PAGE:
The Fedora Project is still trying to clarify its process of naming major releases, a process that has been met with calls for revision within the Fedora community.
To address the problem, Fedora Advisory Board member Toshio Kuratomi is working to build a new naming process that will avoid some of the pitfalls of the most-recent naming concerns.
Currently, the Fedora release names are selected by the community through voting. Candidate names aren't supposed to be chosen completely at random, however; they need to follow a specific "is-a" test that links the release name of the prior version of Fedora with the new version.
Thus, for Fedora 16 "Verne," James Lovelock was a futurologist, and so was Jules Verne. ("Lovelock" was the code name for Fedora 15.) But the process seemed to go a bit off the rails with Fedora 17 "Beefy Miracle," as the Fedora Project wiki describes the connection point:
"Beefy Miracle is a name that was suggested for Fedora 16. Verne was also a name suggested for Fedora 16."
By that logic, the Fedora Project could have come up with virtually anything for the Fedora 17 name, but the logical pattern for the naming scheme has never been so strict that it sucked the fun out of everything.
Complicating the problem were the concerns from some in the Fedora community who were offended by the use of "beef" within the release name. Others expressed concern that perhaps too much energy was being put into the naming process, energy that could better be spent on other aspects of the Fedora Project.
Even though I just rolled my eyes at the name--the same reaction I had when "Beefy Miracle" was lobbied as a release name for Fedora 16--I also recognize that what's funny for others might not be funny for me, and that's all well and good.
For me, the naming process for any open source software project is pretty much little more than an affectation, but it is also an affectation that carries a lot of meaning within the open source community.
For instance, and I can't recall off the top of my head which release this was, but at one point a few years ago Canonical founder Mark Shuttleworth was publicly mulling the discontinuation of Ubuntu's quirky animal-themed code names or at least not announcing them directly, because he thought the community and the media were paying to much attention to the names and not the product underneath.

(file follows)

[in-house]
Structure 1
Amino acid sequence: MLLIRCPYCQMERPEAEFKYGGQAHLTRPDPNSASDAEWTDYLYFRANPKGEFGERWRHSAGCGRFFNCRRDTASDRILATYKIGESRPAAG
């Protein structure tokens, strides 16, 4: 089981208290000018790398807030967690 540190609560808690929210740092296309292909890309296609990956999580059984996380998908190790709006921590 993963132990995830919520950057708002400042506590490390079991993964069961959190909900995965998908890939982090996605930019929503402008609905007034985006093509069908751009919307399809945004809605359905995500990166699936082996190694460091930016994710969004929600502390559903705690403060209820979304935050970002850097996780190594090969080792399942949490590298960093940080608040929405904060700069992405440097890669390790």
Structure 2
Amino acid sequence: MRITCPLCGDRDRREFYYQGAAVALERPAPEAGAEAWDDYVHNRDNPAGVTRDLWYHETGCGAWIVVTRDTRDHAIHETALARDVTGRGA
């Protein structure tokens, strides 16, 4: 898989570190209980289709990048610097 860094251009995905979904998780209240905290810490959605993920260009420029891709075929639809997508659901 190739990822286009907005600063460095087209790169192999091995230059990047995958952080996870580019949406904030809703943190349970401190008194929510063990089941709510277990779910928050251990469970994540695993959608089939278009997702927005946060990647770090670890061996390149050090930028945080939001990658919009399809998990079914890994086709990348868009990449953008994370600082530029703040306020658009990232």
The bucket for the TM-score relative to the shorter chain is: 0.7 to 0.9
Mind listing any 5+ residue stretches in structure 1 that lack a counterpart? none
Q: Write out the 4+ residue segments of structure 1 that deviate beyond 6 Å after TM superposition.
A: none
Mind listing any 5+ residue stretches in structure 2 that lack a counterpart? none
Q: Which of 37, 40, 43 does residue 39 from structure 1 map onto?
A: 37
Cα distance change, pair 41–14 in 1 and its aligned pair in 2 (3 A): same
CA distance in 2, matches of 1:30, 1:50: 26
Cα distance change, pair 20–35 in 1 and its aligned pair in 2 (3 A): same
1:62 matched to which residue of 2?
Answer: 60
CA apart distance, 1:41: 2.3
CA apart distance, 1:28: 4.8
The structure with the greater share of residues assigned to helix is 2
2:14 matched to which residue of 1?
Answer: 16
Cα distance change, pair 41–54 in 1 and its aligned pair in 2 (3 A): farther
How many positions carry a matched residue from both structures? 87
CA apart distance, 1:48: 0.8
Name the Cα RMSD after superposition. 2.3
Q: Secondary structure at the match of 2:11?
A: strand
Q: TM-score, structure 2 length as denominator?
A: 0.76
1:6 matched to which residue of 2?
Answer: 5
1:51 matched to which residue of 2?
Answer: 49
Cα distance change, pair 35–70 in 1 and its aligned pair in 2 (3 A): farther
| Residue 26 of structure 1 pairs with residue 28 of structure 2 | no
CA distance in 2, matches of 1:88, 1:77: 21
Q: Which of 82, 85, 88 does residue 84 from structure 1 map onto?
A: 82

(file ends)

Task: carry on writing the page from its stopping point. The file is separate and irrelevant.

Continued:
That idea, as you might imagine, did not take. Nor do I think the discontinuation of Fedora's naming system will happen any time soon. But changes are definitely coming.
Kuratomi's message today on the Advisory Board list confirmed this, and detailed the progress the board is making on resolving the naming issue to date.
"At the last Board Meeting, the Board looked at the poll results asking whether people felt like continuing to name releases. The results seemed to show that many people do like having a name associated with Fedora releases. However, the discussion before and after has shown there is a desire to improve upon the current method of selecting the names."
To that end, before the naming process for Fedora 19 gets underway (Fedora 18 is already known as "Spherical Cow"), the board wants to have two questions addressed by the Fedora community, Kuratomi wrote.
- "What benefits does the Project get from the current release naming process?
- " What changes do people want to see in a revised process?"
Kuratomi has posted a new wiki page today that summarizes the answers he has already seen to these questions on discussions that have taken place on the Advisory Board mailing list. It's a little early to see a dominant idea, but one of the overarching themes within the answers on that page seems to be, well, applying an overarching theme to the names.
Such a theme would be similar to Ubuntu's adjective-animal scheme, or Debian GNU/Linux's use of Toy Story characters. Kuratomi also linked to Fedora developer Máirín Duffy's wiki page that contains a voluminous amount of suggested naming themes.
I'm partial to the Types of Coffee theme myself, but then I would, given the central line I have connected to my coffee machine. I am wondering, though, why types of hats aren't on the list of themes. Too on the nose?
Such process revision may seem (again) like too much energy is being spent on the whole naming rigmarole, but in this case, I think it's energy well worth spending. Too many times open source projects can get bogged down in the technical weeds. Yes, contributing great code is important and rewarding, but so is going to school.
Sometimes, you just need to have some recess.
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